Speed of light

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Let me preface this question by saying that it might be silly because I might have the facts wrong, but I'll ask anyway.
If a photon is a "little packet/bundle of energy", the photon (energy) should contain some mass, even if it is tiny, since Einstein stated mass and energy are interchangeable. Now when this mass is accelerated toward the speed of light it needs energy to "push" it to a higher speed. When the photon starts getting closer to the speed of light, the energy that it takes to get it there starts to cause the particle to gain mass until it reaches a point where the energy it takes to overcome light speed would be infinite.
My question is that if the photon has so much energy how come when a photon hits a human it doesn't "knock him/her out cold"?

Like I said this may be a stupid question. I think I am just missing something really easy that I should know, so feel free to rip my statement apart and add any new info I am missing.
 

mathman

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Photons have zero rest mass. Photons travel at the speed of light from the time they are born. They do not speed up from a slower speed. You cannot think of them as small masses being speeded up. They do not have "infinite" energy, or anything close to it.
 
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What causes them to travel at the speed of light. Are you saying that they go from zero to 180,000 miles per second in an instant?

P.S. Im not questioning you to be stubborn, I'm just trying to get the answer :approve:
 
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pervect

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CBR600RR said:
What causes them to travel at the speed of light. Are you saying that they go from zero to 180,000 miles per second in an instant?

P.S. Im not questioning you to be stubborn, I'm just trying to get the answer :approve:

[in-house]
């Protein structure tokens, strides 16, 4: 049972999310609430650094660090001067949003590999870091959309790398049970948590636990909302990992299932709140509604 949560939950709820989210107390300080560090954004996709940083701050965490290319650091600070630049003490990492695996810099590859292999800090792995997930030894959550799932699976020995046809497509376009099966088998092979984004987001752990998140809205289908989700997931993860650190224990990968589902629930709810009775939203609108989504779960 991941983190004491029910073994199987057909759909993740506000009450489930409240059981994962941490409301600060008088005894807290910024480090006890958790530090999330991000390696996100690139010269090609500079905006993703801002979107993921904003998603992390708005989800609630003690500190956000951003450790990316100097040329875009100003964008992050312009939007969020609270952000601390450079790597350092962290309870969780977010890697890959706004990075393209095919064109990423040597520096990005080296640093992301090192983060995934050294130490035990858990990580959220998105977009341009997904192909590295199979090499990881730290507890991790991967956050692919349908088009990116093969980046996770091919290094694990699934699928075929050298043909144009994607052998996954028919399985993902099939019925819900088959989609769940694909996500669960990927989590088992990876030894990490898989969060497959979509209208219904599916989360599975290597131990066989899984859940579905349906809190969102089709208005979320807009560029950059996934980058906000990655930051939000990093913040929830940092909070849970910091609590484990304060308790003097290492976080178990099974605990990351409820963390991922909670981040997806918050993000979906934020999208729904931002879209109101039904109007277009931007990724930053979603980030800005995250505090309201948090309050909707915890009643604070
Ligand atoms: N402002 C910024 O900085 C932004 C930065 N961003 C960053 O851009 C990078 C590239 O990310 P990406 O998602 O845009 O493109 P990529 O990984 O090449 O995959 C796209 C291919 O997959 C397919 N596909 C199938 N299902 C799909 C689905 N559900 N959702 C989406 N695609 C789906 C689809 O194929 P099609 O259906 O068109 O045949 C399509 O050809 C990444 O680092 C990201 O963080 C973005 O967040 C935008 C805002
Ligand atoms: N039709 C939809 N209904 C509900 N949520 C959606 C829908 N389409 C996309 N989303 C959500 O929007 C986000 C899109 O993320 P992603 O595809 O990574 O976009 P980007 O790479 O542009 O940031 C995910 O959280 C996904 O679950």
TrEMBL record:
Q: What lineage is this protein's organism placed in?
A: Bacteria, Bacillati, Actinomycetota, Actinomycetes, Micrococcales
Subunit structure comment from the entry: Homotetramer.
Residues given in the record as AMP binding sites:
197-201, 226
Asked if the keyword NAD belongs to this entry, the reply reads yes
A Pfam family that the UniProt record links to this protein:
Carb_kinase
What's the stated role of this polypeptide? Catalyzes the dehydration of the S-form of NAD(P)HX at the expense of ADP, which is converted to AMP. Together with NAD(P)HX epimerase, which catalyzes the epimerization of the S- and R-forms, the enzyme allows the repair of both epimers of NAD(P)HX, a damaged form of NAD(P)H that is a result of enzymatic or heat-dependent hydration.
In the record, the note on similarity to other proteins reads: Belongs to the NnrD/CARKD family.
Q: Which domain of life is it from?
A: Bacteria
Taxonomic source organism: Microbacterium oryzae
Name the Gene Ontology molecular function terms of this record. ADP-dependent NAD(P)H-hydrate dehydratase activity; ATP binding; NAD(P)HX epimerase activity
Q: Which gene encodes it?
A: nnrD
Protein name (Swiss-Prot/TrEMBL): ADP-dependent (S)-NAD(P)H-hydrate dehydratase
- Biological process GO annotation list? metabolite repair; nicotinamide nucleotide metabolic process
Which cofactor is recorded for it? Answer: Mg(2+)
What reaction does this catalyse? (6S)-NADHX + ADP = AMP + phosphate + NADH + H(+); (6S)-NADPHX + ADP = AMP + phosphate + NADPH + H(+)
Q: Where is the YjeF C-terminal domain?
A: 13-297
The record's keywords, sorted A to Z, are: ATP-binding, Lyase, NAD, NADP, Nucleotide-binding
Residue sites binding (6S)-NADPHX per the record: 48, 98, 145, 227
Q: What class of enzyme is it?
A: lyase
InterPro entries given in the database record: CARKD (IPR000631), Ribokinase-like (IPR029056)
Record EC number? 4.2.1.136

Photons never speed up, or slow down. They travel at 'c' from the instant they are created.

The situation in a physical media gets a bit tricky. One of the best ways of thinking about it is that the photon travels at 'c', always, even in a media, but occasionally gets absorbed and re-emitted.

Note that the speed of energy transmission through a media thus can be slower than 'c', due to the photons being absorbed, held for a very short while, then re-emitted.
 
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CbR

Depending on the frequency and interaction with different electromagnetic waves, photons "can knock you out cold "
 
who said that photons dont hit the humans?!!

photons have momentum, since they have mass.

but the problem is in the misunderstanding of the nature of the photons mass.Photons have relativestic mass, but not a rest mass.

even though, it still has momentum, and that was proven..
 

Chronos

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Photons do not have mass. They do have momentum. Only massless particles are permitted to travel at c, in fact, they are forbidden to travel at any other speed.
 
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I thought that photons do have mass since a gravitational field "bends" them when they encounter it. How does gravity attract/affect something with a zero mass?
 
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Since a photon is generated by an electron, they're both right.
 

Chronos

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CBR600RR said:
I thought that photons do have mass since a gravitational field "bends" them when they encounter it. How does gravity attract/affect something with a zero mass?
Gravity bends space. Photons always travel the shortest distance between two points [a straight line]. In curved space, the shortest distance between two points is a geodesic [a curved line].
 
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CBR

All in all your question is actually a brilliant question. Physicists argue if photons are EM or just a wave duality of a particle without mass.
There is no consclusive answer as of today.
 

selfAdjoint

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CBR600RR said:
I thought that photons do have mass since a gravitational field "bends" them when they encounter it. How does gravity attract/affect something with a zero mass?
The general relativity gravity couples to energy density, not just mass. Light does not have mass, but it does have energy, and thus it gravitates.
 
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Would the rest mass of photons actually be non zero, then the theory of quantum electro-dynamics would have to be re-written :confused:
 
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chroot

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Virtually all of existing physics would have to be rewritten for the photon to have mass. Simply put, every experiment ever done to date would not have have worked if the photon actually had mass.